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How good is your appetite for the “paranormal”? If it is a subject that you find intriguing, this post on Aleya Ghost Lights facts is definitely going to grab your attention.

Imagine a shimmering display of floating lights right in front of you while you struggle to find your way back to a populated area through the darkness of eerie swamps and marshes!

Isn’t that thrilling or perhaps spine chilling? Well, this isn’t really a buildup of a plot for a scary movie but is rather something that has been actually haunting people of Bengal for ages.

So, without wasting time any further, let us learn 20 interesting facts about the Ghost Lights and understand the local stories and scientific explanations (if any) about these haunting lights.

Interesting Aleya Ghost Lights Facts: 1-10

1. The swamps and marshes of Bengal have long been haunted by mysterious lights floating around in the darkness. These lights are known as the Aleya Ghost Lights.

2. Despite their typical Bengali name, these ghost lights are not really limited to Bengal. They have been spotted in several other places like the UK, Finland, Estonia, Latvia and others. Similar lights have been spotted in North America, South America and Australia.

3. In Bengal, the associated folklore says that the lights are nothing but the spirits of dead fishermen, who lost their way in those swamps and eventually died.

4. In Bengal, it is said that whoever sees and follows those lights end up meeting their eminent doom.

5. Some say that people don’t really die when they follow the lights but they do become insane and never recover.

6. As mentioned before, the Aleya Ghost Lights are not isolated events. They are actually a part of global occurrences. Similar lights that have been spotted in different parts of the world are known as will-o’-the-wisp.

7. Jack-o’-lantern, hinkypunk, hobby lantern and friar’s lantern are several other names for these mysterious lights.

8. In countries like Latvia, Estonia, Lithuania, Finland etc. these lights are associated with the folklore of hidden treasure. It is widely believed in these countries that these lights actually mark locations of hidden treasures.

9. In America, these lights are usually associated with ghosts of railroad tracks and roadside workers who were killed on duty because of an accident.

10. Other stories associate the lights with the spirits of stillborn and unbaptized children who constantly travel between hell and heaven.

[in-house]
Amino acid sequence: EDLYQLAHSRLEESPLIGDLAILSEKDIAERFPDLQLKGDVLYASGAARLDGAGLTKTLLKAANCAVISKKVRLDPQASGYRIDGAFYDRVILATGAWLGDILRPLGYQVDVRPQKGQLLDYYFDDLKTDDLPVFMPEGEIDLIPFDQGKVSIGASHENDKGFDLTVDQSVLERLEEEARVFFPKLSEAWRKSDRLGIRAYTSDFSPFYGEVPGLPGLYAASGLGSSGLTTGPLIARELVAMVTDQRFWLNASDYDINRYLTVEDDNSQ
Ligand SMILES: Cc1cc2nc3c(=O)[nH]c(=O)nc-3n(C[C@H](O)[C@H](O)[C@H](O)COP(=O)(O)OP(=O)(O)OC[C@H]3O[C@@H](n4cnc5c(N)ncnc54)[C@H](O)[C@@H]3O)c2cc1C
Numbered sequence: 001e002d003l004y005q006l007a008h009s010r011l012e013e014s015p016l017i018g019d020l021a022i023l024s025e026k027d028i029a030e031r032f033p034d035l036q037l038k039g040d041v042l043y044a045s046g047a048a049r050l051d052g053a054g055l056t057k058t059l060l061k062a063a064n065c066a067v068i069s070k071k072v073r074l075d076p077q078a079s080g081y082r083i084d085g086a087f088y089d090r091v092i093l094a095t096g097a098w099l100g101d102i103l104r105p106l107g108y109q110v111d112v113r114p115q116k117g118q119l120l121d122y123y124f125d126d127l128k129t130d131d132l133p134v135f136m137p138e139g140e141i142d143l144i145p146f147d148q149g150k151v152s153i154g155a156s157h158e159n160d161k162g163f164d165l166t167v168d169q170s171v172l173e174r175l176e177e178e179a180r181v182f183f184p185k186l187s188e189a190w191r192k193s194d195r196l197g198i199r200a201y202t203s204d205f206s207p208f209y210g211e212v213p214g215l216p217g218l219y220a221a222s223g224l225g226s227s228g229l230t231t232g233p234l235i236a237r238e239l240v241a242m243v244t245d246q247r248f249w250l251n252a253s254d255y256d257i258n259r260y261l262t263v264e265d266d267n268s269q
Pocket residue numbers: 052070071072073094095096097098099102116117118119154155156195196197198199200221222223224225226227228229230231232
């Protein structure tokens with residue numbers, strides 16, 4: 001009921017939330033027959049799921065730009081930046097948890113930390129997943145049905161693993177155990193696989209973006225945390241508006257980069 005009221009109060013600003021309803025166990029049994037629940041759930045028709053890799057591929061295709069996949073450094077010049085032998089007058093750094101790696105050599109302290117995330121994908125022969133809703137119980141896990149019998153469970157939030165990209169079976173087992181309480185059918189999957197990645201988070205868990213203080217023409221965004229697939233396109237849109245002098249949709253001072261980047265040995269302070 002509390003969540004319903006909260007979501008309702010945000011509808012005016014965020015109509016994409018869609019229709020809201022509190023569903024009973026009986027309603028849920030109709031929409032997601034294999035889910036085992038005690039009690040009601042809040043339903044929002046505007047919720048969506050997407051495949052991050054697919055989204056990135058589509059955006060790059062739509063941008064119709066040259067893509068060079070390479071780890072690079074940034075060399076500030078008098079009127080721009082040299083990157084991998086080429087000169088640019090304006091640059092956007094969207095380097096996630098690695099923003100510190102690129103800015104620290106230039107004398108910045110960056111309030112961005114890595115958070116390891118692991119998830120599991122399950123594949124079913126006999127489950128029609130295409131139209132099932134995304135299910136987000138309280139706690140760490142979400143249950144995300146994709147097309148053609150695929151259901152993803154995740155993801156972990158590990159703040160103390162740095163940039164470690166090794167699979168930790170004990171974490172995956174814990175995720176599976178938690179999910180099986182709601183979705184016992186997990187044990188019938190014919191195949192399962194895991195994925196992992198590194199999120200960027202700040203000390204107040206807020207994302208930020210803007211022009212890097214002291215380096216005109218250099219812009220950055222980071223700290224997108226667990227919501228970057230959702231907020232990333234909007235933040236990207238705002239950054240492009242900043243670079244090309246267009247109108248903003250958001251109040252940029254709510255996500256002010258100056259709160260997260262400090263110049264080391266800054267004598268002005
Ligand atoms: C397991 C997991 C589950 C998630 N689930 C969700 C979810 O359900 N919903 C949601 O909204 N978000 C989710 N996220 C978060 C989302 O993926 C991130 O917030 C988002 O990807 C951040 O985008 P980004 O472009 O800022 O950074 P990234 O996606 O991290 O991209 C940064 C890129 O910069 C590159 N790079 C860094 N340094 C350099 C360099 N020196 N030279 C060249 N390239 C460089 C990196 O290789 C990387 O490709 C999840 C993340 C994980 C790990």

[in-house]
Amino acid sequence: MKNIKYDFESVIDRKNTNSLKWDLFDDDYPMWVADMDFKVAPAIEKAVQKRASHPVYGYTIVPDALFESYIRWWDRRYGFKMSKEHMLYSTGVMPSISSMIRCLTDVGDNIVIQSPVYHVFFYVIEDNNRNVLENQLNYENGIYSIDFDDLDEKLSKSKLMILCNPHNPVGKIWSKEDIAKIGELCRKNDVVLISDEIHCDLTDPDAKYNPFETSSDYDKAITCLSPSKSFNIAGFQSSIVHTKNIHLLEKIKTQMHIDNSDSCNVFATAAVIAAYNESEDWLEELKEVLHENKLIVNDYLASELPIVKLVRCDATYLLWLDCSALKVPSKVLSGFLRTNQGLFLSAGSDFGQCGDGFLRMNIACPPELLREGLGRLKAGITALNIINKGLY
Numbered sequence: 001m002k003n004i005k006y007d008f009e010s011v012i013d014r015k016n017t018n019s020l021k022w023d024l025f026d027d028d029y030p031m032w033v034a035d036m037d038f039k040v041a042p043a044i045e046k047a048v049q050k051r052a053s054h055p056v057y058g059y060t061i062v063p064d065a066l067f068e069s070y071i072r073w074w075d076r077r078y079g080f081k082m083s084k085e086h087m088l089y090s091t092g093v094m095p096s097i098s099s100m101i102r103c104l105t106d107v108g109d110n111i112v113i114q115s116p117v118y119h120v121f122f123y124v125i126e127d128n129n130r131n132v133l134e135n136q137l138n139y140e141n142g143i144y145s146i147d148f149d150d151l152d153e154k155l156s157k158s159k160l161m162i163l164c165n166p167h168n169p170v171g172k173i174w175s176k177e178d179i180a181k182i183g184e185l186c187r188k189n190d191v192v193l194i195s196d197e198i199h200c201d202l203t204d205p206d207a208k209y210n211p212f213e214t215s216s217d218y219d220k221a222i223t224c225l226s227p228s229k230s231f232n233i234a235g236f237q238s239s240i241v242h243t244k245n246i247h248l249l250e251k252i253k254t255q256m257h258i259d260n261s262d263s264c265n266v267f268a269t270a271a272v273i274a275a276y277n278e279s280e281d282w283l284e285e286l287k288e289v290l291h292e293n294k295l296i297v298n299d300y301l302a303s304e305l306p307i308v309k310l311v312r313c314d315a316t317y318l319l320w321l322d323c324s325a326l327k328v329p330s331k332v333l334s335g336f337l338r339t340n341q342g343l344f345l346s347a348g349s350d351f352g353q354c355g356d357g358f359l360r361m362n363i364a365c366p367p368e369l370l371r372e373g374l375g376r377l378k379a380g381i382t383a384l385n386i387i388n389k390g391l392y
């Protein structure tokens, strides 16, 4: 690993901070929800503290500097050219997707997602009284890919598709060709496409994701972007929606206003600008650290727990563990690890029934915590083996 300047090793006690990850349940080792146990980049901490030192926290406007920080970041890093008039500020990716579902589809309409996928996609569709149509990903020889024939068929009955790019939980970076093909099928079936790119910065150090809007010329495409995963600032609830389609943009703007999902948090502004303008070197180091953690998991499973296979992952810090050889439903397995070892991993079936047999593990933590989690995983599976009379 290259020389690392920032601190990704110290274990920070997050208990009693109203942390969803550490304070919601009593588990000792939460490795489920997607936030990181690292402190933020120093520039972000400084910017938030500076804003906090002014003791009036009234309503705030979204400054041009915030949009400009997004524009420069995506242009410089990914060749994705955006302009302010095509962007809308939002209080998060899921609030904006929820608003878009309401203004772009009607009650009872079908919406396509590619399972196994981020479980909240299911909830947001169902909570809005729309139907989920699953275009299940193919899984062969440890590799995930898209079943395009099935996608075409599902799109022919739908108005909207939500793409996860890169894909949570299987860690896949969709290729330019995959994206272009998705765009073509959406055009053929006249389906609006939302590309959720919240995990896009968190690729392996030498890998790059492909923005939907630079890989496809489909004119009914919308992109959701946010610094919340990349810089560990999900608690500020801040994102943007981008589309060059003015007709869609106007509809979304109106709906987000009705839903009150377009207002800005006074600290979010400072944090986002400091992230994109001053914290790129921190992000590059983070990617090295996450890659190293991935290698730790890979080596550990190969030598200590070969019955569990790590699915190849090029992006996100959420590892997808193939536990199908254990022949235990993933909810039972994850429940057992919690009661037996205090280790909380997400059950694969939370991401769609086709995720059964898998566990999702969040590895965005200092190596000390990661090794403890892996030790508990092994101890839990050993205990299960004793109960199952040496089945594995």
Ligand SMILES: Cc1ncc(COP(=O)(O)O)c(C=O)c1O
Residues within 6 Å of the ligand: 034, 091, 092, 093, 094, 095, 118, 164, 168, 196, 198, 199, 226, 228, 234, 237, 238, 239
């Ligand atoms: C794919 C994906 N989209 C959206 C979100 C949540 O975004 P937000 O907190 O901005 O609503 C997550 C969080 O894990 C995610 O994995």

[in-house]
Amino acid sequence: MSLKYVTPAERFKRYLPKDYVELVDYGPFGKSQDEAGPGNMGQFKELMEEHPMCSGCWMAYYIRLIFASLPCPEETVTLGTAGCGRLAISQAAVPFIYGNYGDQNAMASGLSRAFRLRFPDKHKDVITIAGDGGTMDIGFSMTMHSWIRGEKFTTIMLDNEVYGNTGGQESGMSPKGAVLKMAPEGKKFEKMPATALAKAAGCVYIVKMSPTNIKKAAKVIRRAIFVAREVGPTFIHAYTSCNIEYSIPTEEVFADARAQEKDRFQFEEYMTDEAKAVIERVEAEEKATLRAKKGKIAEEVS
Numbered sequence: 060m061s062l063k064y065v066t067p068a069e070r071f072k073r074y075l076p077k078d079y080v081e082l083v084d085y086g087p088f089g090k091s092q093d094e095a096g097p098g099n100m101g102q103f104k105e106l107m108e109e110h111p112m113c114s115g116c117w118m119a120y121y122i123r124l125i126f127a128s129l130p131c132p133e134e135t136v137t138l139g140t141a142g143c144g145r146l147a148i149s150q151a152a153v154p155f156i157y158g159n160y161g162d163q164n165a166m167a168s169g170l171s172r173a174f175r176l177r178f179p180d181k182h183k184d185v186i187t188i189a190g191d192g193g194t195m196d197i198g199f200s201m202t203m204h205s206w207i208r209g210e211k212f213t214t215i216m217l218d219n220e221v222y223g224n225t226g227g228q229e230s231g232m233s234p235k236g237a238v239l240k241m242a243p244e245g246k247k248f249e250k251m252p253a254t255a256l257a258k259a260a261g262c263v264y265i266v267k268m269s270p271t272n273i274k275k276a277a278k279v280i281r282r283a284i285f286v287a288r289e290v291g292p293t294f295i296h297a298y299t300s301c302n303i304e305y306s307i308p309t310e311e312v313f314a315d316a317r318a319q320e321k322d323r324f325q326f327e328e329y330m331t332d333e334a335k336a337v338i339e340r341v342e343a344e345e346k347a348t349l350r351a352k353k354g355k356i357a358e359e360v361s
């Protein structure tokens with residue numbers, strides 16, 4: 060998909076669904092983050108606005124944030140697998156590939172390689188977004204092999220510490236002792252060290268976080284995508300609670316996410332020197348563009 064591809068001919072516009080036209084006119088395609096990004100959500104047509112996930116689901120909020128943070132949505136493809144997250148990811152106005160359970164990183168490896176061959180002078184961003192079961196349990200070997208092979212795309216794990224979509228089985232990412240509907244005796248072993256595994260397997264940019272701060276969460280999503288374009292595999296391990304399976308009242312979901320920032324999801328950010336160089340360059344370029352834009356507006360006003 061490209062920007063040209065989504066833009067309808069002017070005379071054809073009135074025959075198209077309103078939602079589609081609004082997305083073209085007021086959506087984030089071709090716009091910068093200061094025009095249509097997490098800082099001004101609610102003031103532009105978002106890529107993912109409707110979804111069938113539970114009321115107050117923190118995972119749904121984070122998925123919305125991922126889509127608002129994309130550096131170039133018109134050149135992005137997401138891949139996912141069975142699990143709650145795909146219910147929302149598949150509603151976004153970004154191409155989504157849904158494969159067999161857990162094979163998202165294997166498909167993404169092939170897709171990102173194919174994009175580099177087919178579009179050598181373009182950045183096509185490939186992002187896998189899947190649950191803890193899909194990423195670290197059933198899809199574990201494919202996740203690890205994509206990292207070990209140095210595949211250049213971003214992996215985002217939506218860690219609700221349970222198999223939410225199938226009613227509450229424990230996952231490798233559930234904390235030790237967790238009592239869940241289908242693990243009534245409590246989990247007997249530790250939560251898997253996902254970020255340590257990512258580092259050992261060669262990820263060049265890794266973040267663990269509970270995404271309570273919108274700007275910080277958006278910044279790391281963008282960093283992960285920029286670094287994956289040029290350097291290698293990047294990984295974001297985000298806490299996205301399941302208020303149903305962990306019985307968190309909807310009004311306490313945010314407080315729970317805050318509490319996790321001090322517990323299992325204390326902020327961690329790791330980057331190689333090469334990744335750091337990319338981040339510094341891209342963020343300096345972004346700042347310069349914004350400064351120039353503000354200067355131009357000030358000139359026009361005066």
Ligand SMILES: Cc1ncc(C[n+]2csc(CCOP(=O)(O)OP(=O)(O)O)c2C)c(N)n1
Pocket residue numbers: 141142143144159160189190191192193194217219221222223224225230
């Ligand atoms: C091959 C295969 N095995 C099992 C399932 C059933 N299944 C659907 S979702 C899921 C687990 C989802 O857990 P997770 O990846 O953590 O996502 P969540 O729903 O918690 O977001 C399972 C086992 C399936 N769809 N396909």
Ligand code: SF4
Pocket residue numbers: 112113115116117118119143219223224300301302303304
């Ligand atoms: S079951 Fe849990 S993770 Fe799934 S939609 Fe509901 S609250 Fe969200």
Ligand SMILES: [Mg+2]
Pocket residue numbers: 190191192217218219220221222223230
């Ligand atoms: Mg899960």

Interesting Aleya Ghost Lights Facts: 11-20

11. Sweden has a separate story. According to Swedish folklore, the lights are spirits of unbaptized people who lead the travelers to waters hoping to get baptized.

12. Welsh folklore states that the lights are nothing but lanterns carried by small goblin-like fairy known for mischievously misleading travelers out of no good reason.

13. In Australia, these lights are known as Min Min lights and are more frequently sighted in Channel Country region.

14. In Australian folklore, these lights are said to be either approaching travelers directly or following them just to disappear when the tensed travelers fired at them. However, they reappear and start following!

15. People in Uruguay and Argentina call these lights luz mala or the evil lights. According to them, these lights are actually very shiny light orbs that float only a few inches above the ground.

16. As far as scientific explanations are concerned, several attempts have been made to provide a proper explanation. In 1776, Alessandro Volta ended up discovering methane. According to Volta, a natural electrical phenomenon such as lightning interacts with the marsh gas to create the lights (referred to as ignis fatuus.)

17. Volta’s explanation was however rejected on the grounds that the lights actually receded when approached or followed when someone receded. The lights stayed still when a person stayed still.

18. A counter explanation to the weird motion of the lights was provided by Major Louis Blesson in 1832. According to him, the lights receded when approached simply because when a person moves, the flammable gas disperses and moves away.

19. Several modern explanations have popped up about the Aleya Ghost Lights. For instance, Alan A Mills – a geologist from Great Britain said that these were pre-combustion halos often produced on some compounds are heated just below the ignition point. This pre-combustion halo is nothing but cold flame that has been found to occur in many hydrocarbons like waxes, acids, oils, methane, aldehydes and alcohol.

20. Professors Persinger and Derr proposed in 1993 that the lights were an outcome of geological activities. They proposed that the lights were piezoelectrically produced due to tectonic strains.

21. According to them, when faults move because of the strains, the rocks are heated up and the water is vaporized.

22. Arsenic, silicon or quartz (piezoelectric) found in rocks generate electricity when the faults moved.

23. The electricity then moves up along with vaporized water column and appear as lights. According to the professors, the lights therefore are seemingly intelligent with erratic and electrical appearance.

24. Alternate hypotheses: Some say that the lights are created by bioluminescent creatures like fireflies and honey fungus. Some claim that the barn owls are to be blamed for the Aleya Ghost Lights or Will-o’-the-Wisps. According to the barn owl theory, the white plumage of the owls reflect light from moon and produce the floating lights!


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